The smithy was besieged for picks, for shovels, for iron ladles.
"Well, then," I says, "if we don't want the picks and shovels, what do we want?"
A dry chamois skin picks up the dust and grit and gradually scours off the fine finish.
Little Anne, aged scarcely eight, picks out the politicians of the day for her chief men.
In place of guns over their shoulders, they had picks and hammers and such stout sticks as mountaineers use in climbing.
When men drifted in to trade dust and nuggets for picks and flour, the fur-traders smiled, and rightly surmised that the California diggings were playing out.
The Crested Lark crumbles the mule-droppings in the road and thus picks up his food, the oaten grain which he would never find by soaring in the sky, his throat swollen with song.
How gingerly she treads, how carefully picks out the driest spots, lifting each fore-paw and shaking it with an air of supreme disgust, and finally, for the last few yards, making a reckless bolt to the front door.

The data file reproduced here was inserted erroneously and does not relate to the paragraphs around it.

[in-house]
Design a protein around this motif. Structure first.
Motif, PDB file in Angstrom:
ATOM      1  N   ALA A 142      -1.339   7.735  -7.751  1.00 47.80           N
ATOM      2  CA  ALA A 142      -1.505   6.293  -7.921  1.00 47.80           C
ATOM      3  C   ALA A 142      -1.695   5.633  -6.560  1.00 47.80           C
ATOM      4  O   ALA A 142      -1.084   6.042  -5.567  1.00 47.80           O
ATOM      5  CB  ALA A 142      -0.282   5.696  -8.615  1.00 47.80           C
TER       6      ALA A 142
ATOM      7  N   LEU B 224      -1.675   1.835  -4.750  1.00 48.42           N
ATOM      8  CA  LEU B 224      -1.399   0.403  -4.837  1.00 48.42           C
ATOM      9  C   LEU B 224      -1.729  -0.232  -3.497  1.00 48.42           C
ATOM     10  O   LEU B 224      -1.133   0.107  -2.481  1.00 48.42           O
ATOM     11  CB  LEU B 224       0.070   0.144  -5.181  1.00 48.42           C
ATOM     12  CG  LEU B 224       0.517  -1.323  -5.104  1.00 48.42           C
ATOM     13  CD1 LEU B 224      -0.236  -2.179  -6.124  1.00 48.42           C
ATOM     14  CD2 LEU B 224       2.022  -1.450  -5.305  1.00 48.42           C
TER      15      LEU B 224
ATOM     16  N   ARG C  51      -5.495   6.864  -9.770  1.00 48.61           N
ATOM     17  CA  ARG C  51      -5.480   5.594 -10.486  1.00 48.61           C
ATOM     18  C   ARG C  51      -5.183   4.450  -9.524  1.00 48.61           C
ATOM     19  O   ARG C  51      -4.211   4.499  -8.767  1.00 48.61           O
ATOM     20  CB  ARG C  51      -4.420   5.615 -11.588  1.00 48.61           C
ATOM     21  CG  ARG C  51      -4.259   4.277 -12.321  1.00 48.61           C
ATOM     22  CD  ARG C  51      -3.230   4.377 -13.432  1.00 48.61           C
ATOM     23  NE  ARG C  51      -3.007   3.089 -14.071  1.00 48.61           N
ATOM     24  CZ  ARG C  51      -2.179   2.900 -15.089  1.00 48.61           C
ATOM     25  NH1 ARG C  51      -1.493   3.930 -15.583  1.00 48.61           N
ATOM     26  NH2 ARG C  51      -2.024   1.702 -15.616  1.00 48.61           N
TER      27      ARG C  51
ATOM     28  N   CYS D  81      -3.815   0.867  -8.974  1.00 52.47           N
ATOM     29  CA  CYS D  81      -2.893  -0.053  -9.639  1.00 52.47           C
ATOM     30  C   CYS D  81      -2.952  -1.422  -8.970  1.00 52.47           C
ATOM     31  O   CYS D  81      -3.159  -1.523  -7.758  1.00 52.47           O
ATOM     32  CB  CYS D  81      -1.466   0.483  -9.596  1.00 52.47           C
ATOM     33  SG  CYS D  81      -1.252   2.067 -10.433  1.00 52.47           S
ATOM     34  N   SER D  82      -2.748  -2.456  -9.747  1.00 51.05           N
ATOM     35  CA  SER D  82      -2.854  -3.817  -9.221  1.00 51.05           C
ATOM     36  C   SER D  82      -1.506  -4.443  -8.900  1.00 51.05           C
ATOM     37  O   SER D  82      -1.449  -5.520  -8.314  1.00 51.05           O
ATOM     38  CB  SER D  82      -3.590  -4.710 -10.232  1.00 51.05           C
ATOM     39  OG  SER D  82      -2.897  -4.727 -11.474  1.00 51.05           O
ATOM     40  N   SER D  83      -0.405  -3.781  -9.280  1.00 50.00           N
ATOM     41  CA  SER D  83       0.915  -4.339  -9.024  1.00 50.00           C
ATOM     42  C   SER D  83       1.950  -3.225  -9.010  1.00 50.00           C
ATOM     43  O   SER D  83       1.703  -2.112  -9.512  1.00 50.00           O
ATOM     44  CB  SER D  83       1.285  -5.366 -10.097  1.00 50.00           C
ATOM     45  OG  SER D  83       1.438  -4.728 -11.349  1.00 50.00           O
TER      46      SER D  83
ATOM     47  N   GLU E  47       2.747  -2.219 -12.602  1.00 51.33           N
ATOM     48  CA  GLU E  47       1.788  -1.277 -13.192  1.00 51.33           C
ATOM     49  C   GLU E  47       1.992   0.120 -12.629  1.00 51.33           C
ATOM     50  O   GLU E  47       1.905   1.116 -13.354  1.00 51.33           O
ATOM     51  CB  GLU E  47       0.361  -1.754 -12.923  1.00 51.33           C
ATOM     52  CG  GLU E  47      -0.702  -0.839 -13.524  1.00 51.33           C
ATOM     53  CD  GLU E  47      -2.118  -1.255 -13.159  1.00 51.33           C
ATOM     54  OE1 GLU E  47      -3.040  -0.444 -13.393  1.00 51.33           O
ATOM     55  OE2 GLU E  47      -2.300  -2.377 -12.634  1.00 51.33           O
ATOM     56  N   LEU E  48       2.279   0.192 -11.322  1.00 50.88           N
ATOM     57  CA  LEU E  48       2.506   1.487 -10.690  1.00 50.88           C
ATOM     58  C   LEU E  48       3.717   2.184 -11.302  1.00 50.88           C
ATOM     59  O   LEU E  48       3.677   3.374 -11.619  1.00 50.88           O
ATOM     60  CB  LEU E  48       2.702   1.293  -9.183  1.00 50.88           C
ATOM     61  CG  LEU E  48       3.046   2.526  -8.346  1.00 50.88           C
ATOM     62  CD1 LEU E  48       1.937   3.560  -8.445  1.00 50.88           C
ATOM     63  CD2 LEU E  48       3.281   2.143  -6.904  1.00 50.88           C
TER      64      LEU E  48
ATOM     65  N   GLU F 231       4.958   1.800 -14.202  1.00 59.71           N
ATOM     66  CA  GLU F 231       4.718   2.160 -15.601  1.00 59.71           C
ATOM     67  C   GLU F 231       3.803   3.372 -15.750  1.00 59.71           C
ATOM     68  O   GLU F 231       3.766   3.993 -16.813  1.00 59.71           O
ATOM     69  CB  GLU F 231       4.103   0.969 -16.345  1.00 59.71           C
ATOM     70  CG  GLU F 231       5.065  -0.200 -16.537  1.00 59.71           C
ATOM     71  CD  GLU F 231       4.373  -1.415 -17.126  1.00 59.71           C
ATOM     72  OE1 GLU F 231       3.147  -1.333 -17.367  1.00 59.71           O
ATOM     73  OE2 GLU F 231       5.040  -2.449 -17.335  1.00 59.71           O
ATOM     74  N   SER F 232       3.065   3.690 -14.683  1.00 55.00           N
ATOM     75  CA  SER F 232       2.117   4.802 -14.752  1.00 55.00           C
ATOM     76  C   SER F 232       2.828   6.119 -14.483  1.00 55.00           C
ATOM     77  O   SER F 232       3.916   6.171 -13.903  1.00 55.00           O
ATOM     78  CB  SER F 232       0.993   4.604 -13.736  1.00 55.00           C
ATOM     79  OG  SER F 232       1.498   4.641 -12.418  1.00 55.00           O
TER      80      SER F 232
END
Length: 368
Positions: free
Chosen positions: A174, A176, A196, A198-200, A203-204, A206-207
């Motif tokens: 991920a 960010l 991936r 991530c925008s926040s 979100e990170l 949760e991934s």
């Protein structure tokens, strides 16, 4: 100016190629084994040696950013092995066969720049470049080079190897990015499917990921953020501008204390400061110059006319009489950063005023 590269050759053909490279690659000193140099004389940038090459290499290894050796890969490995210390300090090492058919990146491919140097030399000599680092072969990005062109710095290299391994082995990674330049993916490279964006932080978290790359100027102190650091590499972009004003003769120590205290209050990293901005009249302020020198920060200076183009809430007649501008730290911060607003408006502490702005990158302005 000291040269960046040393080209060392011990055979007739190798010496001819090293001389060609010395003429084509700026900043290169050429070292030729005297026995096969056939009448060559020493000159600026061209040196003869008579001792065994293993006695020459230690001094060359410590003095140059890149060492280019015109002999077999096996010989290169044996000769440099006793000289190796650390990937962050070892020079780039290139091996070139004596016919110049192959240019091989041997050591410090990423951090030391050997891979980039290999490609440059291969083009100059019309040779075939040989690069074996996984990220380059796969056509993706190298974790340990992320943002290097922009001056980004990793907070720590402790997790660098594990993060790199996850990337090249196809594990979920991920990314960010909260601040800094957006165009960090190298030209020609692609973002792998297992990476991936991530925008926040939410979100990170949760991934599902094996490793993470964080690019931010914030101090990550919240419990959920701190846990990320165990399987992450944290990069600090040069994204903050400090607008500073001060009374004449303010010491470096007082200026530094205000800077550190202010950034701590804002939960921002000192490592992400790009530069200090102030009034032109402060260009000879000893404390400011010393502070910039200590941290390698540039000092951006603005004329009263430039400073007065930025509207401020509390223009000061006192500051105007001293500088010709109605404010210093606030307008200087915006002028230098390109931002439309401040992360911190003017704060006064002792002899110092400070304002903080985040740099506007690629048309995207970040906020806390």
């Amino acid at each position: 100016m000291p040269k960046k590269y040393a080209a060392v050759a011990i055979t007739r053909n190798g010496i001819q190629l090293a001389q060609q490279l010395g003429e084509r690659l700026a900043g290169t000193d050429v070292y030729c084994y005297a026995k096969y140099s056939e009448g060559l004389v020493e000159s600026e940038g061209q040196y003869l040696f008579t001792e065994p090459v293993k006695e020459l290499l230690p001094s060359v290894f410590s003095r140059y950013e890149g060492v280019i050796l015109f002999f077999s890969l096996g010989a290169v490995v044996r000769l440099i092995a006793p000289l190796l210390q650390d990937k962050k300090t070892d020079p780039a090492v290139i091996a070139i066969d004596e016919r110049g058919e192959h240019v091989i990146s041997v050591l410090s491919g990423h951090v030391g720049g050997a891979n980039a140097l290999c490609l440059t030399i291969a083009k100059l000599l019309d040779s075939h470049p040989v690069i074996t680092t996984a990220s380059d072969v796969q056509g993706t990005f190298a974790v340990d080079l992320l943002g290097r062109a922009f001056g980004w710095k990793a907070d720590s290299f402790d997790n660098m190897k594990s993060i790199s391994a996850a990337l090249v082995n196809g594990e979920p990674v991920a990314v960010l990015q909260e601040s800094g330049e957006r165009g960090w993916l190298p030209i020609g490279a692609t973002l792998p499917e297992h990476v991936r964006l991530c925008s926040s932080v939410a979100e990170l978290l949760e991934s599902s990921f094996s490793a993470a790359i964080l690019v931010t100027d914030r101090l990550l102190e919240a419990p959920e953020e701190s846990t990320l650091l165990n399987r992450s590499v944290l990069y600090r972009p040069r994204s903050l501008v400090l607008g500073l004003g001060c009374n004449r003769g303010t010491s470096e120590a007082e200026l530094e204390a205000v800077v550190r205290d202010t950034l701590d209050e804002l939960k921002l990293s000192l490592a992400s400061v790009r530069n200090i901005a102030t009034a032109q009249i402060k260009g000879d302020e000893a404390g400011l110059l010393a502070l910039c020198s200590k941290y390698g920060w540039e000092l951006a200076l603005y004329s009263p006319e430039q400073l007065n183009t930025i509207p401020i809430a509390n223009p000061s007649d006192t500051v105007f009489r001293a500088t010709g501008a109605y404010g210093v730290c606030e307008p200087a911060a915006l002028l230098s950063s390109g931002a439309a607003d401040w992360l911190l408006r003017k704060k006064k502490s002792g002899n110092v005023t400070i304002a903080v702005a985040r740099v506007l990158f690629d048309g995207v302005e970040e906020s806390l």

When he is sitting on the floor she picks him up, saying "up." When she puts him from her lap to the floor she says "down." If he is naughty she says "naughty," and perhaps spats his little hands, and so on through the day.
'He puts on the baby's frock upside down, and, one day, I found him trying to feed her with boiling soup, and her mouth was scalded for days after. Then he picks up stones in the road and sows them instead of potatoes, and one day he wanted to go into the garden from the top window, because he declared it was a shorter way than through the door.'